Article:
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Printing the future: Tailoring chemistry for inorganic 3D micro-optics

Printing the future: A 3D micro-optics revolution
Multimaterial composition sketch representing a microfluidic cell. After printing and development, the precursor for glass/ceramic is exposed to be annealed. Credit: Trends in Chemistry (2024). DOI: 10.1016/j.trechm.2023.12.005

In a recent publication in the journal Trends in Chemistry, researchers from the University of Twente delve into the potential of 3D printing ceramics in micro-optics. These tiny ceramic structures can potentially be used to generate light and store information. "Let's make ceramics so small they can manipulate light."

As with many publications, the article began with curiosity-driven students. J.P. Winczewski (former Ph.D.), J. Arriaga-Dávila (Nanotechnology master), and C. Rosero-Arias (Ph.D.) dove into 3D printing ceramics beyond our eyesight. "Instead of printing something massive, we decided to go the other way around and make extremely small printed structures," says Arturo Susarrey-Arce, assistant professor at the Mesoscale Chemical Systems research group of the University of Twente.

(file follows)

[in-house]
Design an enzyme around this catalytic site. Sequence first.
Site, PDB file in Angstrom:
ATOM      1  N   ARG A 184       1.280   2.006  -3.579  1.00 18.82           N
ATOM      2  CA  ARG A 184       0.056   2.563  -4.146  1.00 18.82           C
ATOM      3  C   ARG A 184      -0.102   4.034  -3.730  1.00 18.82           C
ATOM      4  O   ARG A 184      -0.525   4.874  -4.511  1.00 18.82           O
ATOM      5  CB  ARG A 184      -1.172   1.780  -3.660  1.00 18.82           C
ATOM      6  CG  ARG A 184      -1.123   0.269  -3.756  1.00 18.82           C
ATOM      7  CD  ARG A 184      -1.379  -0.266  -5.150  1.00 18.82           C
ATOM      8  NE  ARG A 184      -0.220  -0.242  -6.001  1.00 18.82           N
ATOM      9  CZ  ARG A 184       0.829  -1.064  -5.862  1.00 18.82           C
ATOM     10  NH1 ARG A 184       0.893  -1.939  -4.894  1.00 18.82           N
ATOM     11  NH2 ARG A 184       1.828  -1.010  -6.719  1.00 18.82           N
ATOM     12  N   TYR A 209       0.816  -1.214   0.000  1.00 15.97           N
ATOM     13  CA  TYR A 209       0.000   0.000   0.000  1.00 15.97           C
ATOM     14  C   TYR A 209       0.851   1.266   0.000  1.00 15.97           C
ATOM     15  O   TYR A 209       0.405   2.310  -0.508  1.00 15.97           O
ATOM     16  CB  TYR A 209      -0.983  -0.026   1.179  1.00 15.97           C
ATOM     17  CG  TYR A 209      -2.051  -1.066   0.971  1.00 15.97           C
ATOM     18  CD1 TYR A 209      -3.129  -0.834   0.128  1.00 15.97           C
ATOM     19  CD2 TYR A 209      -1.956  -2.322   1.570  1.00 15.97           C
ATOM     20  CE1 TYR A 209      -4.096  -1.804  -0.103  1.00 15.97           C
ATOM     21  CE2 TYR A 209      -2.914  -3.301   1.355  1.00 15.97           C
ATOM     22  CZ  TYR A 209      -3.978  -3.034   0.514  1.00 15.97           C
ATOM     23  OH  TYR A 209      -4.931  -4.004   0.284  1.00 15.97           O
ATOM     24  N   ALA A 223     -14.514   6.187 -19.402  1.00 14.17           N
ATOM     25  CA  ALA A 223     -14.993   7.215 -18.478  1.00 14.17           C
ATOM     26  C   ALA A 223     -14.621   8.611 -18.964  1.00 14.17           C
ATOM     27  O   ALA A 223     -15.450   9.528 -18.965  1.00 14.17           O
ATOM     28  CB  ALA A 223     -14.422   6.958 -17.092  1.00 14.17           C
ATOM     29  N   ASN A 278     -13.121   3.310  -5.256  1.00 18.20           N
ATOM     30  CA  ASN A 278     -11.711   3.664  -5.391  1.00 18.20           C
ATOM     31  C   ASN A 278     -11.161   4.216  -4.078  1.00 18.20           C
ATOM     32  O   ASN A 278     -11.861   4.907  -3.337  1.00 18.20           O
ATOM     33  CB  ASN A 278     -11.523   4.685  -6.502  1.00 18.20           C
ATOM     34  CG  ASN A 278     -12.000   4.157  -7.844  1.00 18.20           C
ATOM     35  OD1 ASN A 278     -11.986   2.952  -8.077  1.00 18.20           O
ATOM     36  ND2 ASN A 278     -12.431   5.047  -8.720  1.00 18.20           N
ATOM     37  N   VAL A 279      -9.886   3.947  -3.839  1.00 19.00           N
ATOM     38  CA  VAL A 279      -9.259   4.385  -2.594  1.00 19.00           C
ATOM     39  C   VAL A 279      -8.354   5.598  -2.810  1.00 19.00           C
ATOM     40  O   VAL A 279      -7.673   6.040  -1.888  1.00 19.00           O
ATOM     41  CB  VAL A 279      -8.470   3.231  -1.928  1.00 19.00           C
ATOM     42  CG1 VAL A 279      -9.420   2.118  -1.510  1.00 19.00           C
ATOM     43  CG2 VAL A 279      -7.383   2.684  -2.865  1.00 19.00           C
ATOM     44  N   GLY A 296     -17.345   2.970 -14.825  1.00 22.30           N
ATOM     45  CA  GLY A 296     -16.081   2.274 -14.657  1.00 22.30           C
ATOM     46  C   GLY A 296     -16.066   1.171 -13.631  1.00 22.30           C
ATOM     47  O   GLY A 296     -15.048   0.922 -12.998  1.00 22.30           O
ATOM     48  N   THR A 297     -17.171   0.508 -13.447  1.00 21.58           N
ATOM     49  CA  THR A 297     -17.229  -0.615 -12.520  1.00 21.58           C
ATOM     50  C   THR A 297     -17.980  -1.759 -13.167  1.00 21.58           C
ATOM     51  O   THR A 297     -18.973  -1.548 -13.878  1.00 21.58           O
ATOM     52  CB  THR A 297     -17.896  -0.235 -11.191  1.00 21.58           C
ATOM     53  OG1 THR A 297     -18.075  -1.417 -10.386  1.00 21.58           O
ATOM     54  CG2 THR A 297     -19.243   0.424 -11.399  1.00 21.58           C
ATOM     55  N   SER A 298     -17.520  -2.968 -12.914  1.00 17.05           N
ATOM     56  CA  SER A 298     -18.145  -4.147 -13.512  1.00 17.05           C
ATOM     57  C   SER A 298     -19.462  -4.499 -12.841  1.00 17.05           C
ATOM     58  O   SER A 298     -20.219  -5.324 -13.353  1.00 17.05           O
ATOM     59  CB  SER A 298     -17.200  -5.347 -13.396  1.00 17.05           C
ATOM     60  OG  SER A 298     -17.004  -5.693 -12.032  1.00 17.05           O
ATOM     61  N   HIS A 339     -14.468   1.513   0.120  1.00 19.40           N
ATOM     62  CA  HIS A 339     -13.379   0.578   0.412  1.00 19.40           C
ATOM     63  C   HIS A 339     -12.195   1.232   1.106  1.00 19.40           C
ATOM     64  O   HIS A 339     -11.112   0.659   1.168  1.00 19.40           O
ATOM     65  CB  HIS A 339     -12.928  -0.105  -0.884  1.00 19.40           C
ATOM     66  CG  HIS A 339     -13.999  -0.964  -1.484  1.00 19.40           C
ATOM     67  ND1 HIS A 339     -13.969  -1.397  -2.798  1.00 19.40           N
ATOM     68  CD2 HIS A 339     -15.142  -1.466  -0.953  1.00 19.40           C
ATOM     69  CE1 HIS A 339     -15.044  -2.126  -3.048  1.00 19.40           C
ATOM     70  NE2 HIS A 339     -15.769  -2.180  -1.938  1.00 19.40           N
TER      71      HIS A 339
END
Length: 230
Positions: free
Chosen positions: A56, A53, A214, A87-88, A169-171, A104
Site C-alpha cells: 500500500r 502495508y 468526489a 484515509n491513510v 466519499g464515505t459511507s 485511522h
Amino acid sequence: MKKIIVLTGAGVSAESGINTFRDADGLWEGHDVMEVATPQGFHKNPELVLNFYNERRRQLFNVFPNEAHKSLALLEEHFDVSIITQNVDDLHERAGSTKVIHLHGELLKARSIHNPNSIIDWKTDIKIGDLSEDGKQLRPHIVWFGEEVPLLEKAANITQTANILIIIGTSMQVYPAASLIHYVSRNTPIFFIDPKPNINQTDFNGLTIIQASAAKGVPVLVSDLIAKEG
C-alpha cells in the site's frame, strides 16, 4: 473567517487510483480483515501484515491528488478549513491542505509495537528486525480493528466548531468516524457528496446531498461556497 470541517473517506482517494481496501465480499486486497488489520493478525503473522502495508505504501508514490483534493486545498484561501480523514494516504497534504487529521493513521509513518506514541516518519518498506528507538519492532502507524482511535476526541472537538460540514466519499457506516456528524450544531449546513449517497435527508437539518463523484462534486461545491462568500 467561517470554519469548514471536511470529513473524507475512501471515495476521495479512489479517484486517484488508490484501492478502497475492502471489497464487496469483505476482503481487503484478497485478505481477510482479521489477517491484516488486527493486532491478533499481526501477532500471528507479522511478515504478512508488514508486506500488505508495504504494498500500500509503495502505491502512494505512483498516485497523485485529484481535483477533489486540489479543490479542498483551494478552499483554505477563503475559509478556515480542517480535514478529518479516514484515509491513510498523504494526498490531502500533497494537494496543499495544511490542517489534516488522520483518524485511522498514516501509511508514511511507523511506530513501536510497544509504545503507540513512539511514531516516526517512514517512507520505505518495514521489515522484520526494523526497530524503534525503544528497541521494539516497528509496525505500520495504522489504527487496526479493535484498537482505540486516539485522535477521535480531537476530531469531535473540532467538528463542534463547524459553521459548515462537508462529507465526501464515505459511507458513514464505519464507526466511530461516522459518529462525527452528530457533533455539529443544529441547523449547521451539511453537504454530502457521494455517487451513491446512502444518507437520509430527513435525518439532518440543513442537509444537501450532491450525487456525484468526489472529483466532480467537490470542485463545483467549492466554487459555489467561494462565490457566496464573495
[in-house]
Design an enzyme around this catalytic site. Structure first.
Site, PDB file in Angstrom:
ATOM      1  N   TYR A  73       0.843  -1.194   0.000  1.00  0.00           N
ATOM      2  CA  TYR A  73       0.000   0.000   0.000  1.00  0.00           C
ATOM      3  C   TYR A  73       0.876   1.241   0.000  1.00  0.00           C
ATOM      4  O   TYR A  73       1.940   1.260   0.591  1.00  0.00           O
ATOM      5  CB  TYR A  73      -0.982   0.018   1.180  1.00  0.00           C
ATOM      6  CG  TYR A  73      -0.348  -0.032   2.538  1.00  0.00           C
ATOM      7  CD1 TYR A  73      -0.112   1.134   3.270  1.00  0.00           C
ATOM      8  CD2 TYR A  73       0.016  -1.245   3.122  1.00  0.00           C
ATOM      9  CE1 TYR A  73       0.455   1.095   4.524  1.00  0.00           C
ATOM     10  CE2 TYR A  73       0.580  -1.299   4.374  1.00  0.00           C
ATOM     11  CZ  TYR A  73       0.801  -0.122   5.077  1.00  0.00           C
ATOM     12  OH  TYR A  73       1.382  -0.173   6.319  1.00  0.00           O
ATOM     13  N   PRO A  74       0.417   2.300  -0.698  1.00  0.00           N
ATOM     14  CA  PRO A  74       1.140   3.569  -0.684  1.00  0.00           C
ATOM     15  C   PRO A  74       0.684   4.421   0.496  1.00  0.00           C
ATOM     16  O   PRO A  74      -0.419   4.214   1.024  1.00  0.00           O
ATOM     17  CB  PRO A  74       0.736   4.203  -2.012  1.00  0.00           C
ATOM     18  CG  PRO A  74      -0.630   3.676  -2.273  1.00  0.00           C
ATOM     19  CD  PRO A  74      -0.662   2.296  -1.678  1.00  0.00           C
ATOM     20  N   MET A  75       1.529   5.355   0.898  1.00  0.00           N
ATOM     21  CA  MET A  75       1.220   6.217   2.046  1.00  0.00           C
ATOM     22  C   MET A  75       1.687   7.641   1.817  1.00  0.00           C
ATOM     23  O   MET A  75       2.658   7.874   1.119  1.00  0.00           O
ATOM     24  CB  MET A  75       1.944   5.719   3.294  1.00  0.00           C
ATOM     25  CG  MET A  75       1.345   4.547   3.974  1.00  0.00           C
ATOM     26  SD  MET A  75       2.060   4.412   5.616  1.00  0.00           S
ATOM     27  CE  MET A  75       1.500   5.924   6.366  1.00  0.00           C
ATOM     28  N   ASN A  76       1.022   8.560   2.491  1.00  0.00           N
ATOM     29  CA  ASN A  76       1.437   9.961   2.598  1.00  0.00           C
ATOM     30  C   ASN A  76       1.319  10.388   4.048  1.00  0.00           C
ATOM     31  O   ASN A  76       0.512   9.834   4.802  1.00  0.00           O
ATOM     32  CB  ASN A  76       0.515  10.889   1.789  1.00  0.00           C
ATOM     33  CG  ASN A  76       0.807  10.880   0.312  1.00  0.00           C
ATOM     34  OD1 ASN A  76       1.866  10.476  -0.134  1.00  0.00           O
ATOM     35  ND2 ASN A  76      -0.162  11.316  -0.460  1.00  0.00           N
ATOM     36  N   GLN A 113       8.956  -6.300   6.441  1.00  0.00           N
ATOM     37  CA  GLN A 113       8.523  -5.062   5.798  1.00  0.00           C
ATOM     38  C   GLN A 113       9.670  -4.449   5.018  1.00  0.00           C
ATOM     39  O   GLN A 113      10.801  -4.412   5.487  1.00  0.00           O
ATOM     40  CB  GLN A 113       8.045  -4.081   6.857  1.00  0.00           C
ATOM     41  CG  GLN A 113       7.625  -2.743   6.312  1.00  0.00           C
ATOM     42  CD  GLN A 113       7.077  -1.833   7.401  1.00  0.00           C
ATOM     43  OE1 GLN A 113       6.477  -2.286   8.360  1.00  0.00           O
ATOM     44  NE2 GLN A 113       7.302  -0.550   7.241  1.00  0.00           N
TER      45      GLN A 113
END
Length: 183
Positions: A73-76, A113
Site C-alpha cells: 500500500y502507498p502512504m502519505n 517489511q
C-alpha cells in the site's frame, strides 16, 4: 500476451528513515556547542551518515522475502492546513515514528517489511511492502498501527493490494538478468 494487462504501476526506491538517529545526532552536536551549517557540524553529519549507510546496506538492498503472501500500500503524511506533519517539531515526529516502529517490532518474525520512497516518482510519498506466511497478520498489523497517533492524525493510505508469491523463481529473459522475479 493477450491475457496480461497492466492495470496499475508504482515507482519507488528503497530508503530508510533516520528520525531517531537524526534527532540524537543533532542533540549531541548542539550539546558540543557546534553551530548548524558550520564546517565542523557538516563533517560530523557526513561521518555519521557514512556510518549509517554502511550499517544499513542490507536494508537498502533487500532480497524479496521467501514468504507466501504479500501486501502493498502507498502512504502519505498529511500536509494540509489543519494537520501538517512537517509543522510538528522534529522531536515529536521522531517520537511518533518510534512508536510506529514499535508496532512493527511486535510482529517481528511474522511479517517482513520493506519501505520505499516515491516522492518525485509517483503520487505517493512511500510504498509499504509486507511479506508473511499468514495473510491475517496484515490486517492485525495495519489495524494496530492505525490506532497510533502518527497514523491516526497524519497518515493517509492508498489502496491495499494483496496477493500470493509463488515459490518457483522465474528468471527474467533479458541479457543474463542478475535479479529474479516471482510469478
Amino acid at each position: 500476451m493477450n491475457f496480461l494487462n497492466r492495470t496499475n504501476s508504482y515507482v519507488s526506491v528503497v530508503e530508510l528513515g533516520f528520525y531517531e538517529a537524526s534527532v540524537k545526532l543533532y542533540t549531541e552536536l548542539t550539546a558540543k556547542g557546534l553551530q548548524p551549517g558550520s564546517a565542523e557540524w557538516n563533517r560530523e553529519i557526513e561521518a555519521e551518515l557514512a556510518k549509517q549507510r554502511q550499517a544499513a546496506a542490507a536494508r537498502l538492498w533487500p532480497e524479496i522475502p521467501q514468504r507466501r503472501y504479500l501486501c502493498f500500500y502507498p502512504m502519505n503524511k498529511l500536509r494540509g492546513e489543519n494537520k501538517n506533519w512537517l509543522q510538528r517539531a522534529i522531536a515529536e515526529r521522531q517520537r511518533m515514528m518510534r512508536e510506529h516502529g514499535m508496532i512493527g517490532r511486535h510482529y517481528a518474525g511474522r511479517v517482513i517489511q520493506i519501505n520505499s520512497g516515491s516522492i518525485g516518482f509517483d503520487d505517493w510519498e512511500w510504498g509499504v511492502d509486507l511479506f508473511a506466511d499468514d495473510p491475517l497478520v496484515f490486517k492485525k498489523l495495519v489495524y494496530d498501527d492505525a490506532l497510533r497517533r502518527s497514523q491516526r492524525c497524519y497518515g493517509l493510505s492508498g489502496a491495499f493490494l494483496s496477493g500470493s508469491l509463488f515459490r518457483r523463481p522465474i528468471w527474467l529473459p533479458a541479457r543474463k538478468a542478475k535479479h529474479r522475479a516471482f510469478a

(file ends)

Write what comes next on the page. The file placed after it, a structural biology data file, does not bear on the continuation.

Ceramics are very powerful in the micro-optics field due to their light-matter interaction properties. The speed of light in a vacuum is known to be unbeatably fast. However, glass and ceramics have a higher refractive index, meaning light gets slowed down while propagating through the suitable material. "Looking at the future, 3D-architected ceramics can contribute to optical communication and light circuits with the right material combination and composition," says Susarrey-Arce.

As the name suggests, 3D printing implies accurately shaping micro-optics in all three dimensions. "Miniaturization typically occurs in 2D, but there is still much space in the third dimension," explains Susarrey-Arce. However, to advance, there are still challenges to overcome. For example, 3D ceramic printing should comply with key characteristics.

To integrate 3D into low-temperature micro-optics, the researchers have to achieve perfect microarchitectures at the highest spatial precision. This aspect partially relies on the availability of various resins that change their properties when exposed to , permitting them to print them simultaneously. Developing such resins remains a challenge for synthetic chemists, a challenge we engage daily in the lab.

More information: J.P. Winczewski et al, Tailoring chemistry for inorganic 3D micro-optics, Trends in Chemistry (2024). DOI: 10.1016/j.trechm.2023.12.005

Journal information: Trends in Chemistry

Citation: Printing the future: Tailoring chemistry for inorganic 3D micro-optics (2024, February 29) retrieved 20 April 2024 from
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